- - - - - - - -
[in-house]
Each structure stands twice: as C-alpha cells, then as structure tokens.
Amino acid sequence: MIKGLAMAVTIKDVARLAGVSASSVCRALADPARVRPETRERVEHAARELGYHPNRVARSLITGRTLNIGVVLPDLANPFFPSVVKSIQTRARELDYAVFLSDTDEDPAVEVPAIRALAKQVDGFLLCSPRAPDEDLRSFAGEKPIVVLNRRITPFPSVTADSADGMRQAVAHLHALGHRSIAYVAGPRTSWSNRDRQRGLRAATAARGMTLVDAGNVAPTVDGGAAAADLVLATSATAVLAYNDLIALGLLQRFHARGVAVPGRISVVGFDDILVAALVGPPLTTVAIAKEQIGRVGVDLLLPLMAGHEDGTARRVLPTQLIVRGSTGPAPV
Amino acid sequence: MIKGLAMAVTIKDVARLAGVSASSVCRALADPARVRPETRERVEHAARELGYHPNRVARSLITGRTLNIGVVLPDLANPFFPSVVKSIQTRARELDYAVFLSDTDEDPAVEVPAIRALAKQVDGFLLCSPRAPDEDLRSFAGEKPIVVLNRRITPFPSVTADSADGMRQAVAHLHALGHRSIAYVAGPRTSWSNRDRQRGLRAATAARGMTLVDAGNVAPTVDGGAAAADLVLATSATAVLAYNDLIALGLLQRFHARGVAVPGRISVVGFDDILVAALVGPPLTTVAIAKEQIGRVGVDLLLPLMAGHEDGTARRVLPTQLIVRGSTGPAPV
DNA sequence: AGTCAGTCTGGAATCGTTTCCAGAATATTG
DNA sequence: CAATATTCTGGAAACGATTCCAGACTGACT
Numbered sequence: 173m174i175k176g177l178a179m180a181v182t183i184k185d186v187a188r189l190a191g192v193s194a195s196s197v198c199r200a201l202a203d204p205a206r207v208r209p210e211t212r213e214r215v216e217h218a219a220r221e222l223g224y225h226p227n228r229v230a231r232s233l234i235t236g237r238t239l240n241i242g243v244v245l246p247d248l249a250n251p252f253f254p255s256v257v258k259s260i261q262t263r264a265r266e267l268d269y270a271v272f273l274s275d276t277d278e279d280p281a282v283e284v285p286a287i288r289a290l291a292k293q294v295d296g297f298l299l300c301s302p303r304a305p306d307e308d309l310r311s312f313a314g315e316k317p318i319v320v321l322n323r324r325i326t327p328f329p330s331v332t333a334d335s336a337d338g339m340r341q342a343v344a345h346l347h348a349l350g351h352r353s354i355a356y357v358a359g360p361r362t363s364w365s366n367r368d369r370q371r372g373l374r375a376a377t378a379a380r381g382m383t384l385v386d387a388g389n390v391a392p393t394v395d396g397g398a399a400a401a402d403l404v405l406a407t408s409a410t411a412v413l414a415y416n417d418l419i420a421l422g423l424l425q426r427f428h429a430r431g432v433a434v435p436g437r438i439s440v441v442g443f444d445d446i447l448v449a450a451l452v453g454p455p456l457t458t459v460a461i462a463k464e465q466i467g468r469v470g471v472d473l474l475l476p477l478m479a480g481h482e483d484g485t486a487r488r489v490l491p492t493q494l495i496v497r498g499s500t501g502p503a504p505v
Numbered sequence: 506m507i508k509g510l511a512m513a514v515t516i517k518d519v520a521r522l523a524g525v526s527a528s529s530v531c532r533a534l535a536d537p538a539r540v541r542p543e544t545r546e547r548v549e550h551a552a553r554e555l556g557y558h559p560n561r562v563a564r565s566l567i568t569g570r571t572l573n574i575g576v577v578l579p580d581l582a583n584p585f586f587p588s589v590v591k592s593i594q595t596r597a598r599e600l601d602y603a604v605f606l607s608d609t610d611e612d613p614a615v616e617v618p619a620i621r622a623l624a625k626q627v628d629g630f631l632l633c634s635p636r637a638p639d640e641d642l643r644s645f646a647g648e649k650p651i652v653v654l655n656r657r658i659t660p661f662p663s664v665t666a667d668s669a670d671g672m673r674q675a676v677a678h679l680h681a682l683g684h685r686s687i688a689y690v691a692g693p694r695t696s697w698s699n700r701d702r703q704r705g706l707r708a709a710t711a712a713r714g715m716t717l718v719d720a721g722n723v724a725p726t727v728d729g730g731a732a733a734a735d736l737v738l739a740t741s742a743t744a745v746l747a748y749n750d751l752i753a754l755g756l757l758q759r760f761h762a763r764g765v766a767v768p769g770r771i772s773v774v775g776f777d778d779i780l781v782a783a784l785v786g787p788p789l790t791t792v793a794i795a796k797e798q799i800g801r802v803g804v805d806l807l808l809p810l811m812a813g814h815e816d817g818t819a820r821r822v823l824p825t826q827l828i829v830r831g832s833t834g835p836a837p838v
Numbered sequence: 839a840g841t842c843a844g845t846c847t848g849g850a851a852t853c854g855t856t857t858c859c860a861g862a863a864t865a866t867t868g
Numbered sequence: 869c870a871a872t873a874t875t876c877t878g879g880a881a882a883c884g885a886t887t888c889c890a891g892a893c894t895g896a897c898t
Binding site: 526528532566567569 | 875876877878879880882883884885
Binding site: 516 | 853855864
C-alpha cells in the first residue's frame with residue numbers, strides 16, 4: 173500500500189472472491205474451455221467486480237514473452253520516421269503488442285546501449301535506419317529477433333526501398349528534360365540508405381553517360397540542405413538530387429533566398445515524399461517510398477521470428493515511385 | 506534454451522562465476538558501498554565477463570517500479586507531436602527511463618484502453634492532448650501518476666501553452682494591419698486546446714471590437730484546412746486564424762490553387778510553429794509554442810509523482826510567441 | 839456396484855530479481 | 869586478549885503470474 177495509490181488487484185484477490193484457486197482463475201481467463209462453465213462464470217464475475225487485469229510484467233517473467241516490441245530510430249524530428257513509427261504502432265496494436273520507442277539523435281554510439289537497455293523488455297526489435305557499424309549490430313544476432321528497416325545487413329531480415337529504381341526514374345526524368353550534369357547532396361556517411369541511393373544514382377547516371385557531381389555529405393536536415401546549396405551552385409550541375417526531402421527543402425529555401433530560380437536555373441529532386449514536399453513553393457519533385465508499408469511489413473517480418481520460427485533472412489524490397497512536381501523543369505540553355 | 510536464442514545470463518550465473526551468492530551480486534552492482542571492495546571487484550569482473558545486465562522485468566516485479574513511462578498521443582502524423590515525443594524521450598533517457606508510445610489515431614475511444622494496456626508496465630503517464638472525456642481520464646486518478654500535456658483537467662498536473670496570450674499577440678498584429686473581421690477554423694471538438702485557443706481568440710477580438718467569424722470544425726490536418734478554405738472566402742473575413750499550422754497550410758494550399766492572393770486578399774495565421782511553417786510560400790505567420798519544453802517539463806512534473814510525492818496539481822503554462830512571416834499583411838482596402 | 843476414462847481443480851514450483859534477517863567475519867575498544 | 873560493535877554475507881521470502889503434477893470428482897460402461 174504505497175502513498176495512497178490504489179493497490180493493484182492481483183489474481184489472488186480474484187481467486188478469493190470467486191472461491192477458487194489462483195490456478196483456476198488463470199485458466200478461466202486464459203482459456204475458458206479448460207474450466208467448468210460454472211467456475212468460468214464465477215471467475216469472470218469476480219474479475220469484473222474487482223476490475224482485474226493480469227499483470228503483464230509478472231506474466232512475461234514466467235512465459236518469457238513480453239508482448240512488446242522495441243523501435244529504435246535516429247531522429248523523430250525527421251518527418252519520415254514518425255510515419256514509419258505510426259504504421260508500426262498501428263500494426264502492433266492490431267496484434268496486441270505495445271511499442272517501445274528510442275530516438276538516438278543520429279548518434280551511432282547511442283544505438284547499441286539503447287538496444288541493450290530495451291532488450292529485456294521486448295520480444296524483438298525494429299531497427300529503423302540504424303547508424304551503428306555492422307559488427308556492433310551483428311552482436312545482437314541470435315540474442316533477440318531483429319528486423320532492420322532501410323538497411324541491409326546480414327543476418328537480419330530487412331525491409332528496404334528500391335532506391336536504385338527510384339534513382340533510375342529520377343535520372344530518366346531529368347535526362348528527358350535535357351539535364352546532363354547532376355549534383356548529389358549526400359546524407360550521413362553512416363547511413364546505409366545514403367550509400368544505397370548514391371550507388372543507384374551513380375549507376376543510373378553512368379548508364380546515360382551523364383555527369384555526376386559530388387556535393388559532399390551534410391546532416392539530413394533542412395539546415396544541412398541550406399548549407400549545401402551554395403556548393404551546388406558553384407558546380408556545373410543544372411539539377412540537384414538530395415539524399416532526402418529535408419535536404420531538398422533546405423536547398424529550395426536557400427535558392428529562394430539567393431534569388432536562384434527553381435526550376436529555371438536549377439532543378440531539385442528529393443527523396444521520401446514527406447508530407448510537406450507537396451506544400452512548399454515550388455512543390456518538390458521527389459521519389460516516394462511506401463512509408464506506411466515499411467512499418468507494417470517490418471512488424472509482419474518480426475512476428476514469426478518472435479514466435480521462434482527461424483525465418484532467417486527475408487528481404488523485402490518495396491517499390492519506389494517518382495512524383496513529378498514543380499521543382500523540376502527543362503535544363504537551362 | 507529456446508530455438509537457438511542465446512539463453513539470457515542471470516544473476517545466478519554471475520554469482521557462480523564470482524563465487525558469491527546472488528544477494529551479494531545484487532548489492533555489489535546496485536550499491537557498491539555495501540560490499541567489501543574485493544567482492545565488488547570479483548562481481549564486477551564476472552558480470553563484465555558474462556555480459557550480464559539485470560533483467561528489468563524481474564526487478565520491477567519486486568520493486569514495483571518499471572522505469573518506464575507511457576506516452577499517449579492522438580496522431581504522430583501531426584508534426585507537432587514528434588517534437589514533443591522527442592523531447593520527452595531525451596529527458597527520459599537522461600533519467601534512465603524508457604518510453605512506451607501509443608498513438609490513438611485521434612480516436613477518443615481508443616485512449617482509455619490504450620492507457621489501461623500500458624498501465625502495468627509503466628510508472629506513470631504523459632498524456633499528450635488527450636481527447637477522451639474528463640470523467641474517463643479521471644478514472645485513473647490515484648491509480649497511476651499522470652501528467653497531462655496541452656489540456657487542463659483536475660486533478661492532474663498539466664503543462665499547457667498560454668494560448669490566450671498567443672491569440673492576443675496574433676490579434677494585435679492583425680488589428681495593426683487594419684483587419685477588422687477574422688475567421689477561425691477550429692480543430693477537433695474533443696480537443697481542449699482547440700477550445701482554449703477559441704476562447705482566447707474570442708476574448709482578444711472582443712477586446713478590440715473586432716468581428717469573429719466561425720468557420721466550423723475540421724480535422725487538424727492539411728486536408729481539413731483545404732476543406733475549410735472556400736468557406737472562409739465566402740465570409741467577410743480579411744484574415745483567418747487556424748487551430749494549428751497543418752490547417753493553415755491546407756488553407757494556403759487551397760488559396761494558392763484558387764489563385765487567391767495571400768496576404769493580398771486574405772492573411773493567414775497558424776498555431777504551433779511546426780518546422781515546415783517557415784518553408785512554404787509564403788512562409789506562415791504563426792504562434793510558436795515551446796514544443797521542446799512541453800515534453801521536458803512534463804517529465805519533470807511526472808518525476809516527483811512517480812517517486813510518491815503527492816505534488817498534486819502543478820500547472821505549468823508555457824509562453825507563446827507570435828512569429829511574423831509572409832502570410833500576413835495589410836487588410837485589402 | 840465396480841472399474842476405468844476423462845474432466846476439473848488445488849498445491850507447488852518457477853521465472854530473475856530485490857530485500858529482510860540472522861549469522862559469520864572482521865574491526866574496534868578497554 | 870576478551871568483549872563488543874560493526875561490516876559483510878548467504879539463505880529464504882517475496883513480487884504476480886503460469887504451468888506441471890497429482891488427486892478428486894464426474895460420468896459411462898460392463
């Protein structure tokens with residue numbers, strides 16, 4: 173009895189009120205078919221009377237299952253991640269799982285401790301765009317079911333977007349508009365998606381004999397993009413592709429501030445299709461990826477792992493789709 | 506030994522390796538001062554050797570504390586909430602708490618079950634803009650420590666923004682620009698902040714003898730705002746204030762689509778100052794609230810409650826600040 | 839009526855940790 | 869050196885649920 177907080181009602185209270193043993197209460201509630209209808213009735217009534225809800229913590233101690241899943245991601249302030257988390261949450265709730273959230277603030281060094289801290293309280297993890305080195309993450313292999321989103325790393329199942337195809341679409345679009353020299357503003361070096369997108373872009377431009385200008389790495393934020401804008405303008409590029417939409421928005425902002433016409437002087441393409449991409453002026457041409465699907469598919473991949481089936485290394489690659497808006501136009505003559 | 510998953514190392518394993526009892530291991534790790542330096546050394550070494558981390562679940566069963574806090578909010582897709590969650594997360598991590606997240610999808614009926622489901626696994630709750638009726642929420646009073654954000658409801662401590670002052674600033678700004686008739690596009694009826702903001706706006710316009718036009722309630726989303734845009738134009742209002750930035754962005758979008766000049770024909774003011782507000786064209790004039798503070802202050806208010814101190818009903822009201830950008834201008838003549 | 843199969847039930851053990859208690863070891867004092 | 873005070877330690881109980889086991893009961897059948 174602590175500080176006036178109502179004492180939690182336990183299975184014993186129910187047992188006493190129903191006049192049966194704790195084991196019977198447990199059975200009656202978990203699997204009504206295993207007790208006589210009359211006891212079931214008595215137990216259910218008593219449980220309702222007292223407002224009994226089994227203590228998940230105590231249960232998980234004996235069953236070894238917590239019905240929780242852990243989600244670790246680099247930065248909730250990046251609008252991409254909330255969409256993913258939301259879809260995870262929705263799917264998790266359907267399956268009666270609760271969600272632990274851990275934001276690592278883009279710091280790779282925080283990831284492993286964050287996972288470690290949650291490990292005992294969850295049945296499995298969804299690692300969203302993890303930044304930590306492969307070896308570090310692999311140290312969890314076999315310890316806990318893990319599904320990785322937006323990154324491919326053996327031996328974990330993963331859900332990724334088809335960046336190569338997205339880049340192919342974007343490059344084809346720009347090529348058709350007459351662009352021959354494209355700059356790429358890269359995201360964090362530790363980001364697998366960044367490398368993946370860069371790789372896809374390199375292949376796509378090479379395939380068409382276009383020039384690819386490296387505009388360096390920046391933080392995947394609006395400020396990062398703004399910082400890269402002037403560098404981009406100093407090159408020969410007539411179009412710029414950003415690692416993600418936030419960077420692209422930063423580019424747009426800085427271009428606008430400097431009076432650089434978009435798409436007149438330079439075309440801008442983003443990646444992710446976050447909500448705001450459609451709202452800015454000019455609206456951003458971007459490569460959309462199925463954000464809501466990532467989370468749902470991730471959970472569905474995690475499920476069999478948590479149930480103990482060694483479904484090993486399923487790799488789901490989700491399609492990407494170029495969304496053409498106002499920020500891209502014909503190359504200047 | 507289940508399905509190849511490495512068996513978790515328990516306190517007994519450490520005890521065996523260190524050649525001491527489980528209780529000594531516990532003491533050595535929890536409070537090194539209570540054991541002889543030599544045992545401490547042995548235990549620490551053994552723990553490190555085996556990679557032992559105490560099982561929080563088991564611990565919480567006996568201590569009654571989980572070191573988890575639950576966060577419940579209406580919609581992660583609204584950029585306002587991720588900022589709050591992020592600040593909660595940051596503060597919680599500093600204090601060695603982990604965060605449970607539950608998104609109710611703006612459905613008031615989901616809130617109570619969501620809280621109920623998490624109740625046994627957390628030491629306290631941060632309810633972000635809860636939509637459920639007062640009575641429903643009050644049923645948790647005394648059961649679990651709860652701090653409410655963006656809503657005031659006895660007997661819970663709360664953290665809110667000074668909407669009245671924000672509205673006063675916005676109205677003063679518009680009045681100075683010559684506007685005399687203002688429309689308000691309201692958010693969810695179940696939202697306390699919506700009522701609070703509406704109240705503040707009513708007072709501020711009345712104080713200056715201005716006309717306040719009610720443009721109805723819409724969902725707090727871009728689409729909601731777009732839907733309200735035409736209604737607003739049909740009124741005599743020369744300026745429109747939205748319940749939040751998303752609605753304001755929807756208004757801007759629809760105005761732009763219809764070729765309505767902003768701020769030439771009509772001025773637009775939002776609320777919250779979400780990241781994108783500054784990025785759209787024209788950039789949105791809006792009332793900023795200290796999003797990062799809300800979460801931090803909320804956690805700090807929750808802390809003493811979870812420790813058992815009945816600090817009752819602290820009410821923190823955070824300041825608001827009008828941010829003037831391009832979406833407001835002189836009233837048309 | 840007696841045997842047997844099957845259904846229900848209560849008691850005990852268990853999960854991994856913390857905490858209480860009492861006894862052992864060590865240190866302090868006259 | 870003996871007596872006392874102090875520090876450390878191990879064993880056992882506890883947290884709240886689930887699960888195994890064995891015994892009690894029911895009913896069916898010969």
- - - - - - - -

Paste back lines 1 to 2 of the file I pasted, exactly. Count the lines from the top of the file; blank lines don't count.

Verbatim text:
[in-house]
Each structure stands twice: as C-alpha cells, then as structure tokens.